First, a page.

Pence’s 10 percent tax cut is both affordable and necessary for economic competitiveness

by Ryan Streeter on March 16, 2013. Follow Ryan on Twitter.

Last week, the Indianapolis Star editorialized against Indiana Governor Mike Pence’s proposed 10 percent income tax cut using two common but flawed arguments.

First, the Star took the position that the state can’t afford a cut. Anytime anyone says a government can’t afford something, they hold assumptions about the value of government spending elsewhere. The truth is that a 10 percent tax cut is entirely affordable.

Second, the Star claims that a 10 percent tax cut isn’t all that relevant to economic growth. That flies in the face of the evidence.

The Star has published Pence’s rebuttal today. He addresses the two erroneous arguments here:

Despite this newspaper’s assertion that income tax relief is unnecessary for economic growth, the evidence suggests otherwise. Lower taxes will mean more jobs, and 27 states already have a lighter tax burden than Indiana. States with tax climates more favorable than ours are experiencing GDP growth well above the national average. They disproportionately lead the nation in population growth as they scoop up talent and investment that should be moving to Indiana — but isn’t.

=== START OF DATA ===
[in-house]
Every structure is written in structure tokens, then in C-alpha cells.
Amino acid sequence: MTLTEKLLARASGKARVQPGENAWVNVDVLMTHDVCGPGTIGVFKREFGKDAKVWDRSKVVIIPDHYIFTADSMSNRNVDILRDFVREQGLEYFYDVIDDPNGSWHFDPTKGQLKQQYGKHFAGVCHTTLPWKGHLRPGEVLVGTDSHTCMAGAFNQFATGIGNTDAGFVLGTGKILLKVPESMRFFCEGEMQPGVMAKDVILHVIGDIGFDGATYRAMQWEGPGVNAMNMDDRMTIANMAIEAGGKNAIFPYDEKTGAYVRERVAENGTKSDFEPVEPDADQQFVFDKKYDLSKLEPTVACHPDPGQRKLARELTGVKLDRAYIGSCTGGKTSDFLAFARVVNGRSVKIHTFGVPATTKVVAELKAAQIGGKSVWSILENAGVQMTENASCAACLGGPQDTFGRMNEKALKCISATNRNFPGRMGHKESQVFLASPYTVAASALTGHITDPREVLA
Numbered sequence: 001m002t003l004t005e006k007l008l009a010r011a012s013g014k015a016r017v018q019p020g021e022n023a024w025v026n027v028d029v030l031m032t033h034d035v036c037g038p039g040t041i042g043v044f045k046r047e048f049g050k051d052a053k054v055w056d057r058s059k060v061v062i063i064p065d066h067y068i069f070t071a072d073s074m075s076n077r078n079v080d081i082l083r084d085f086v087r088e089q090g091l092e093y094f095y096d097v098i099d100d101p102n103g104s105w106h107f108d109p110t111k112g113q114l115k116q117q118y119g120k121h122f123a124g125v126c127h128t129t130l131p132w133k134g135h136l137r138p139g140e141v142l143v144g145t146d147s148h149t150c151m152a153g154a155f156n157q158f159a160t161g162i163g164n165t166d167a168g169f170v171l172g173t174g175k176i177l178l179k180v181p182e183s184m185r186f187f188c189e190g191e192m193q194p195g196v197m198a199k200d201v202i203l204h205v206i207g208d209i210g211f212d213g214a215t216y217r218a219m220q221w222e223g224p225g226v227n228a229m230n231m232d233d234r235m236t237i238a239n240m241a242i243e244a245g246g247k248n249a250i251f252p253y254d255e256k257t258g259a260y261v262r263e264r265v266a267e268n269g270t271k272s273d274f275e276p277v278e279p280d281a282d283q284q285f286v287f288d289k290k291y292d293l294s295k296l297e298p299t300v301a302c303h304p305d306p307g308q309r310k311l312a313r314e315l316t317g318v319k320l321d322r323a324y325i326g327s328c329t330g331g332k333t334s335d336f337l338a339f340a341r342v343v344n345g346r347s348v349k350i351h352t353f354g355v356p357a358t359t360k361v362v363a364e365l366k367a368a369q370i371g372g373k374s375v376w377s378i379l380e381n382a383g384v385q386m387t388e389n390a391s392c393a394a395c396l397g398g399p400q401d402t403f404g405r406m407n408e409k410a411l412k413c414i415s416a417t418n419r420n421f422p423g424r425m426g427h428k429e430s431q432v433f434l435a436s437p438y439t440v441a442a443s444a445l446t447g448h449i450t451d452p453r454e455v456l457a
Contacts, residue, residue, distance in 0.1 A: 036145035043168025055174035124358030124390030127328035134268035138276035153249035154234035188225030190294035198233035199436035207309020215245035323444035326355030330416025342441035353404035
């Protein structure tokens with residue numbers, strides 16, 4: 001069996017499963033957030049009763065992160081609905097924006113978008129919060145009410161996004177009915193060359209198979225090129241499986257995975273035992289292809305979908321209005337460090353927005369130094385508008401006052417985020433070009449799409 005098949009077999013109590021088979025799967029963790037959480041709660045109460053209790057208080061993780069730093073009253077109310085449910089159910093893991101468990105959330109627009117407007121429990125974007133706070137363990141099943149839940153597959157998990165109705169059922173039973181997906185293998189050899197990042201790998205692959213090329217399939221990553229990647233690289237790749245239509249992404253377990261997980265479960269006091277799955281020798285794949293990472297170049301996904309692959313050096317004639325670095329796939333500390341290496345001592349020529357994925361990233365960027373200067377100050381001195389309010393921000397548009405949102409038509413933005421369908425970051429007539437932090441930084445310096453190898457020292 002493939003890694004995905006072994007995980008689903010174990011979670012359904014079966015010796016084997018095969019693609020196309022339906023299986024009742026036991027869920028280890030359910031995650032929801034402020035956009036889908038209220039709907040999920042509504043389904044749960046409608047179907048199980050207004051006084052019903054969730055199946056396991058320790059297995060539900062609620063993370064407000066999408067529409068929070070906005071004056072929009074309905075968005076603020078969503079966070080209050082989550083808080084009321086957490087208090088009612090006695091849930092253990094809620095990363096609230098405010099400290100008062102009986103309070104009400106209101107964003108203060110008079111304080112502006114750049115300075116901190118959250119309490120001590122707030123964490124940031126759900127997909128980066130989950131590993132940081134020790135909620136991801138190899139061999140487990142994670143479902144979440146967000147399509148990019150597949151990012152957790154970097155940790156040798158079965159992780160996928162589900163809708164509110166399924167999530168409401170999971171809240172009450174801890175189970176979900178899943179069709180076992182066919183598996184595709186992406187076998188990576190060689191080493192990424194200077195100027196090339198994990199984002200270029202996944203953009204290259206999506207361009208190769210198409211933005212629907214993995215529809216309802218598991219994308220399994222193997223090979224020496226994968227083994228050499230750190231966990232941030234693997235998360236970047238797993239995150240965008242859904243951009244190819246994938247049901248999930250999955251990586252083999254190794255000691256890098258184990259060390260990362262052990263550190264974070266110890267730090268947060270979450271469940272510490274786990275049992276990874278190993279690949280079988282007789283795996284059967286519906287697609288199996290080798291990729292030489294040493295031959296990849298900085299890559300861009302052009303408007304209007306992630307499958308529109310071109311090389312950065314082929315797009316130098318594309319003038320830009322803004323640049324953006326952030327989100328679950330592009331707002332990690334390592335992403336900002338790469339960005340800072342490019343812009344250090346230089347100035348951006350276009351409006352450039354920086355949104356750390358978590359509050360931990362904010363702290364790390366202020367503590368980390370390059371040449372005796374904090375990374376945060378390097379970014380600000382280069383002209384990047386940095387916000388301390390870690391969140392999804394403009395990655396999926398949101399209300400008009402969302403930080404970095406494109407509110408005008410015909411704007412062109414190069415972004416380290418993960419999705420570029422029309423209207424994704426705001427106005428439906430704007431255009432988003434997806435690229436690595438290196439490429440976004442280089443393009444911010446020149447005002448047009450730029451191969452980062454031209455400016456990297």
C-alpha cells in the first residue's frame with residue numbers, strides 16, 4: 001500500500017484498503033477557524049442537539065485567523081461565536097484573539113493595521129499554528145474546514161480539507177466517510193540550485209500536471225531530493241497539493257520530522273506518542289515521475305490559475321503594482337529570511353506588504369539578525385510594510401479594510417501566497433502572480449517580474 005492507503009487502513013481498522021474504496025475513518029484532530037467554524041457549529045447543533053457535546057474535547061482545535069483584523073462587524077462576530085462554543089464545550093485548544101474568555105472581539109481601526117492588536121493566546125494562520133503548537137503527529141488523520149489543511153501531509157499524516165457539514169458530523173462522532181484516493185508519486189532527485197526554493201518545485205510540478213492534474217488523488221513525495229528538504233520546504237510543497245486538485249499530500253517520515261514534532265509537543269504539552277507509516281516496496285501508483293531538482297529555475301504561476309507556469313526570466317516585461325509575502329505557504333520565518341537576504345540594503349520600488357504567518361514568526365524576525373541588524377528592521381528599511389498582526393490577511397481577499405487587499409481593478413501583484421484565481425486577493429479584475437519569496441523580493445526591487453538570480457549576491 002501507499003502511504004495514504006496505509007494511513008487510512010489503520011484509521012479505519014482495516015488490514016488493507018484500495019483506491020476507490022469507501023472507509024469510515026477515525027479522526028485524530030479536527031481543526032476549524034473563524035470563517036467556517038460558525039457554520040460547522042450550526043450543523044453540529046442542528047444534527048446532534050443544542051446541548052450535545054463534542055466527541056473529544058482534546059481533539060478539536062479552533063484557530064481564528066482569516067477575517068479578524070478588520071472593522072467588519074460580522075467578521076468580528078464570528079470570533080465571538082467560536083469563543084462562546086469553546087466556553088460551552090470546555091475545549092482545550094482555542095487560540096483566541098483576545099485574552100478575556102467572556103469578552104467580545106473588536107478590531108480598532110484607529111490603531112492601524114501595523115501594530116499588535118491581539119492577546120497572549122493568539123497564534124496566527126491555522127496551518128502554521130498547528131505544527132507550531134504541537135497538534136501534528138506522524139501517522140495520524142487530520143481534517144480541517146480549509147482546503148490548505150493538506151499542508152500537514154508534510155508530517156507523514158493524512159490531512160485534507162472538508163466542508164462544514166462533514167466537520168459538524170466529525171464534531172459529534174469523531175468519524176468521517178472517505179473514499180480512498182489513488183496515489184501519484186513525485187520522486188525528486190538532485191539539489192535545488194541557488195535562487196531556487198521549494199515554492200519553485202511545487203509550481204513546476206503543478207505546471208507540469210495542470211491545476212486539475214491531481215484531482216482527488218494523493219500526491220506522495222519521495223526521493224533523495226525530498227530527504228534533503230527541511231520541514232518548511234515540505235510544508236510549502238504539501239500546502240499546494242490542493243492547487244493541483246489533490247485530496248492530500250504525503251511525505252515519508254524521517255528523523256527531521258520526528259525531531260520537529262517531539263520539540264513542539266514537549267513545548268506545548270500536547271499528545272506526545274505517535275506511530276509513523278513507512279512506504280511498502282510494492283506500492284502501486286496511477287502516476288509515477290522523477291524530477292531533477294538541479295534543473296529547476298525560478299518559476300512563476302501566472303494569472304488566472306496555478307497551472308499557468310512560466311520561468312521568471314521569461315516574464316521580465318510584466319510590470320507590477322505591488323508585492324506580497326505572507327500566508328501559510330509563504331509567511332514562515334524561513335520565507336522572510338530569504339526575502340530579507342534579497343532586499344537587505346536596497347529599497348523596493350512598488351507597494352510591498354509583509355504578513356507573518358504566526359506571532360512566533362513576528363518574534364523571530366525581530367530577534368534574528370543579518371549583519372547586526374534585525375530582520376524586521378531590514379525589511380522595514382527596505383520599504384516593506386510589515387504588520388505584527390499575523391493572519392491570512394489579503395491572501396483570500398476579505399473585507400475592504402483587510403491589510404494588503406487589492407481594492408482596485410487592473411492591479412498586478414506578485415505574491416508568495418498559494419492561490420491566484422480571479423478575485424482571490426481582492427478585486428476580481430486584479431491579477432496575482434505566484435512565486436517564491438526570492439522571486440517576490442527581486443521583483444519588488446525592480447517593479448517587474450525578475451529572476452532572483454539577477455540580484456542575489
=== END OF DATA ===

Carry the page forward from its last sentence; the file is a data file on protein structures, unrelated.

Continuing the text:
Our tax cut is fiscally prudent. Our budget looks beyond the state’s two-year budget cycle and is based on the idea that spending should be sustainable and protect our reserves. In my budget, spending is more than a full point below inflation and reserves increase to $2.3 billion — even while giving millions of Hoosiers a tax break. By way of comparison, the recently passed House budget would reduce our reserves to $1.85 billion at the end of fiscal year 2014 and grow them back to more than $2 billion in fiscal year 2015 — with no new tax relief for Hoosiers.

The reserves in my budget are greater than the entire revenue decline we suffered in 2008-2009 when Indiana weathered the worst recession since the 1930s. Our goal must be to protect Hoosiers against future downturns while giving them the break they need now. The feast-or-famine problem the editors highlighted is not an unavoidable economic cycle. It is an outcome we can prevent by continuing to practice the fiscal discipline the editors praise.